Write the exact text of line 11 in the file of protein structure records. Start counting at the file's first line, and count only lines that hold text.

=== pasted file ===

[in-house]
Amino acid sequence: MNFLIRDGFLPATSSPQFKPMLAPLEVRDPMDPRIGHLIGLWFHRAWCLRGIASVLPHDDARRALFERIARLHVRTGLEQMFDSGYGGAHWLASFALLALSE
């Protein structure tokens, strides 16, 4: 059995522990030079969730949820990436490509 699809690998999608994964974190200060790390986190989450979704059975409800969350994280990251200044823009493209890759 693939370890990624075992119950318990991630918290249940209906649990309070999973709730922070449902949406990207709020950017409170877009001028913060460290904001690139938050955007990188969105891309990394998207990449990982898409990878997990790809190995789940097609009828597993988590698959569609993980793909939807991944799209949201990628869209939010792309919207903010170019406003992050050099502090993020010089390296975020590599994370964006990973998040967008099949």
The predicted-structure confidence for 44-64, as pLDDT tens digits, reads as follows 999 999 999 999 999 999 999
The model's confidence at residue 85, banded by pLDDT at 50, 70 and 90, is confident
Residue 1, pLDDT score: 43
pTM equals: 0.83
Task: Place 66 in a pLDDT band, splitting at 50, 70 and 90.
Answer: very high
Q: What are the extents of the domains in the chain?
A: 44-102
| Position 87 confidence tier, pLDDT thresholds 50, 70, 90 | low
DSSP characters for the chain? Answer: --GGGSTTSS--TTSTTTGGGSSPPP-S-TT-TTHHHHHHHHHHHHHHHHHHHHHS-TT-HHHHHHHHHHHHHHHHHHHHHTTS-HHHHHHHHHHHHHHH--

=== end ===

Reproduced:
A: 44-102